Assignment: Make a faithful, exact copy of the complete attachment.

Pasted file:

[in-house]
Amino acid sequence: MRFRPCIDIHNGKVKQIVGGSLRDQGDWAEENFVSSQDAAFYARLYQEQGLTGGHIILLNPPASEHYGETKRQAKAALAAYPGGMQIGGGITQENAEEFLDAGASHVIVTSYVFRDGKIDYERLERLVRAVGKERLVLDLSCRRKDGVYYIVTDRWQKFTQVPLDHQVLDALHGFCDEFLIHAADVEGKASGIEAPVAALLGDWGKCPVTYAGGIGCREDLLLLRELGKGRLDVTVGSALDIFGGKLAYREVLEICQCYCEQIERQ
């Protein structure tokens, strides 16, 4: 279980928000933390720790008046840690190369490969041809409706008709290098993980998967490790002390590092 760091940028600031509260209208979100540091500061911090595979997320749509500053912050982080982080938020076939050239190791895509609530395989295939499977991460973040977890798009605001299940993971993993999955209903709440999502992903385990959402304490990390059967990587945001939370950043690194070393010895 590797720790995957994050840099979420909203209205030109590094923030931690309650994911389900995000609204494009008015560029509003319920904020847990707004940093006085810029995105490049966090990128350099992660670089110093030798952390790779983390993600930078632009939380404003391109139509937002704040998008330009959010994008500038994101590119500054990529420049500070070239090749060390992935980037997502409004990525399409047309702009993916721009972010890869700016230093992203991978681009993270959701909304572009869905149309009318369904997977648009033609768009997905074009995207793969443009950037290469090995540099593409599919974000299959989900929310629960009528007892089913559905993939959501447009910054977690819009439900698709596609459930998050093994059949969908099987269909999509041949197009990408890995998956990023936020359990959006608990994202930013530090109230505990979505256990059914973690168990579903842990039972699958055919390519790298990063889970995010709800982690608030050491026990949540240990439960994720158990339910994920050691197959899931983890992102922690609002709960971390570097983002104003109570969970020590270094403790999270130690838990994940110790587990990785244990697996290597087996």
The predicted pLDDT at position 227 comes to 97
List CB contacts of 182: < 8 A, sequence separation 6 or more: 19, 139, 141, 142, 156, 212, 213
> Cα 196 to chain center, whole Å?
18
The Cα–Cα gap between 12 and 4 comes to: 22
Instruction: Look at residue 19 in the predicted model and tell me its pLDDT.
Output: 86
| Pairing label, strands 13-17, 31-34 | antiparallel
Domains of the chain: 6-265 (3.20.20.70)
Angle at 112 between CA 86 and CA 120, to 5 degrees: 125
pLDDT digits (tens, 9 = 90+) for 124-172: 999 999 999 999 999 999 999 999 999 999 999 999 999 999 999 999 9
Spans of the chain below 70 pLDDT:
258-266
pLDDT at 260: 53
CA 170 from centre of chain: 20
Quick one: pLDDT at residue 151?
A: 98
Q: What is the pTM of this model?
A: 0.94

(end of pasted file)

[in-house]
Amino acid sequence: MRFRPCIDIHNGKVKQIVGGSLRDQGDWAEENFVSSQDAAFYARLYQEQGLTGGHIILLNPPASEHYGETKRQAKAALAAYPGGMQIGGGITQENAEEFLDAGASHVIVTSYVFRDGKIDYERLERLVRAVGKERLVLDLSCRRKDGVYYIVTDRWQKFTQVPLDHQVLDALHGFCDEFLIHAADVEGKASGIEAPVAALLGDWGKCPVTYAGGIGCREDLLLLRELGKGRLDVTVGSALDIFGGKLAYREVLEICQCYCEQIERQ
């Protein structure tokens, strides 16, 4: 279980928000933390720790008046840690190369490969041809409706008709290098993980998967490790002390590092 760091940028600031509260209208979100540091500061911090595979997320749509500053912050982080982080938020076939050239190791895509609530395989295939499977991460973040977890798009605001299940993971993993999955209903709440999502992903385990959402304490990390059967990587945001939370950043690194070393010895 590797720790995957994050840099979420909203209205030109590094923030931690309650994911389900995000609204494009008015560029509003319920904020847990707004940093006085810029995105490049966090990128350099992660670089110093030798952390790779983390993600930078632009939380404003391109139509937002704040998008330009959010994008500038994101590119500054990529420049500070070239090749060390992935980037997502409004990525399409047309702009993916721009972010890869700016230093992203991978681009993270959701909304572009869905149309009318369904997977648009033609768009997905074009995207793969443009950037290469090995540099593409599919974000299959989900929310629960009528007892089913559905993939959501447009910054977690819009439900698709596609459930998050093994059949969908099987269909999509041949197009990408890995998956990023936020359990959006608990994202930013530090109230505990979505256990059914973690168990579903842990039972699958055919390519790298990063889970995010709800982690608030050491026990949540240990439960994720158990339910994920050691197959899931983890992102922690609002709960971390570097983002104003109570969970020590270094403790999270130690838990994940110790587990990785244990697996290597087996």
The predicted pLDDT at position 227 comes to 97
List CB contacts of 182: < 8 A, sequence separation 6 or more: 19, 139, 141, 142, 156, 212, 213
> Cα 196 to chain center, whole Å?
18
The Cα–Cα gap between 12 and 4 comes to: 22
Instruction: Look at residue 19 in the predicted model and tell me its pLDDT.
Output: 86
| Pairing label, strands 13-17, 31-34 | antiparallel
Domains of the chain: 6-265 (3.20.20.70)
Angle at 112 between CA 86 and CA 120, to 5 degrees: 125
pLDDT digits (tens, 9 = 90+) for 124-172: 999 999 999 999 999 999 999 999 999 999 999 999 999 999 999 999 9
Spans of the chain below 70 pLDDT:
258-266
pLDDT at 260: 53
CA 170 from centre of chain: 20
Quick one: pLDDT at residue 151?
A: 98
Q: What is the pTM of this model?
A: 0.94